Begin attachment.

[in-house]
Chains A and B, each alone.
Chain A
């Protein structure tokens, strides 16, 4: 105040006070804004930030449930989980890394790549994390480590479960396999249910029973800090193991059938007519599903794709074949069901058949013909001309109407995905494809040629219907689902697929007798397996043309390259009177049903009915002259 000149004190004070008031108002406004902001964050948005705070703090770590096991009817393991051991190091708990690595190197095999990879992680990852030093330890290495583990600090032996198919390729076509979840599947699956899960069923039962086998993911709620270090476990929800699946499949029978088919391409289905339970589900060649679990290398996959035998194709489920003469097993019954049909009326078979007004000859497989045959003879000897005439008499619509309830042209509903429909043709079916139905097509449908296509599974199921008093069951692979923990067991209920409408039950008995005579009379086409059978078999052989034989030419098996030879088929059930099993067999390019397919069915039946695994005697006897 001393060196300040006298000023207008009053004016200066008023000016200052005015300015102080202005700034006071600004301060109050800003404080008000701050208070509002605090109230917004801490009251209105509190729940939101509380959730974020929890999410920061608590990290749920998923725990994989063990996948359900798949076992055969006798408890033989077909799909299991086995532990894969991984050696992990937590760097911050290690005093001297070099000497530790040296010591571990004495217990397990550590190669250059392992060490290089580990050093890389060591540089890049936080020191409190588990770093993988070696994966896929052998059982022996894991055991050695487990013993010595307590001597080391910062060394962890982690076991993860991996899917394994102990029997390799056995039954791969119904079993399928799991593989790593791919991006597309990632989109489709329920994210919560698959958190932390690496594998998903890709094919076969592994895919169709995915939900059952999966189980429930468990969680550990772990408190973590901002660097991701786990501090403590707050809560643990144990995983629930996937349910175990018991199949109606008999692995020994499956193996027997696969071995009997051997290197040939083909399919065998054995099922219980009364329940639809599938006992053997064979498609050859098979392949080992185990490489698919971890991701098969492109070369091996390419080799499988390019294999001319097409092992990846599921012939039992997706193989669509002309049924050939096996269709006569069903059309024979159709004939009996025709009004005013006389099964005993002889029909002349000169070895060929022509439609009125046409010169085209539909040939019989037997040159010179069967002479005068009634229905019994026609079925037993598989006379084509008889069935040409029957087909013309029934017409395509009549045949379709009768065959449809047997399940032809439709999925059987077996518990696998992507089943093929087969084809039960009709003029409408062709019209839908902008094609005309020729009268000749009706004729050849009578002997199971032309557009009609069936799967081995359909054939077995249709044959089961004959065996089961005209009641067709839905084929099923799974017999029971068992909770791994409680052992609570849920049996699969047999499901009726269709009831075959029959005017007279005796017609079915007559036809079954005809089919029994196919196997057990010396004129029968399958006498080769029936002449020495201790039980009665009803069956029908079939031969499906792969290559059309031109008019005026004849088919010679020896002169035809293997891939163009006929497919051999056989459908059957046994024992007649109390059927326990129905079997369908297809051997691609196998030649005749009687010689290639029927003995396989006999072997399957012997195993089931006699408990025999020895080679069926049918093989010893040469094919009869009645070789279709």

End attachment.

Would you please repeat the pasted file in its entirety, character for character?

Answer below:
[in-house]
Chains A and B, each alone.
Chain A
């Protein structure tokens, strides 16, 4: 105040006070804004930030449930989980890394790549994390480590479960396999249910029973800090193991059938007519599903794709074949069901058949013909001309109407995905494809040629219907689902697929007798397996043309390259009177049903009915002259 000149004190004070008031108002406004902001964050948005705070703090770590096991009817393991051991190091708990690595190197095999990879992680990852030093330890290495583990600090032996198919390729076509979840599947699956899960069923039962086998993911709620270090476990929800699946499949029978088919391409289905339970589900060649679990290398996959035998194709489920003469097993019954049909009326078979007004000859497989045959003879000897005439008499619509309830042209509903429909043709079916139905097509449908296509599974199921008093069951692979923990067991209920409408039950008995005579009379086409059978078999052989034989030419098996030879088929059930099993067999390019397919069915039946695994005697006897 001393060196300040006298000023207008009053004016200066008023000016200052005015300015102080202005700034006071600004301060109050800003404080008000701050208070509002605090109230917004801490009251209105509190729940939101509380959730974020929890999410920061608590990290749920998923725990994989063990996948359900798949076992055969006798408890033989077909799909299991086995532990894969991984050696992990937590760097911050290690005093001297070099000497530790040296010591571990004495217990397990550590190669250059392992060490290089580990050093890389060591540089890049936080020191409190588990770093993988070696994966896929052998059982022996894991055991050695487990013993010595307590001597080391910062060394962890982690076991993860991996899917394994102990029997390799056995039954791969119904079993399928799991593989790593791919991006597309990632989109489709329920994210919560698959958190932390690496594998998903890709094919076969592994895919169709995915939900059952999966189980429930468990969680550990772990408190973590901002660097991701786990501090403590707050809560643990144990995983629930996937349910175990018991199949109606008999692995020994499956193996027997696969071995009997051997290197040939083909399919065998054995099922219980009364329940639809599938006992053997064979498609050859098979392949080992185990490489698919971890991701098969492109070369091996390419080799499988390019294999001319097409092992990846599921012939039992997706193989669509002309049924050939096996269709006569069903059309024979159709004939009996025709009004005013006389099964005993002889029909002349000169070895060929022509439609009125046409010169085209539909040939019989037997040159010179069967002479005068009634229905019994026609079925037993598989006379084509008889069935040409029957087909013309029934017409395509009549045949379709009768065959449809047997399940032809439709999925059987077996518990696998992507089943093929087969084809039960009709003029409408062709019209839908902008094609005309020729009268000749009706004729050849009578002997199971032309557009009609069936799967081995359909054939077995249709044959089961004959065996089961005209009641067709839905084929099923799974017999029971068992909770791994409680052992609570849920049996699969047999499901009726269709009831075959029959005017007279005796017609079915007559036809079954005809089919029994196919196997057990010396004129029968399958006498080769029936002449020495201790039980009665009803069956029908079939031969499906792969290559059309031109008019005026004849088919010679020896002169035809293997891939163009006929497919051999056989459908059957046994024992007649109390059927326990129905079997369908297809051997691609196998030649005749009687010689290639029927003995396989006999072997399957012997195993089931006699408990025999020895080679069926049918093989010893040469094919009869009645070789279709």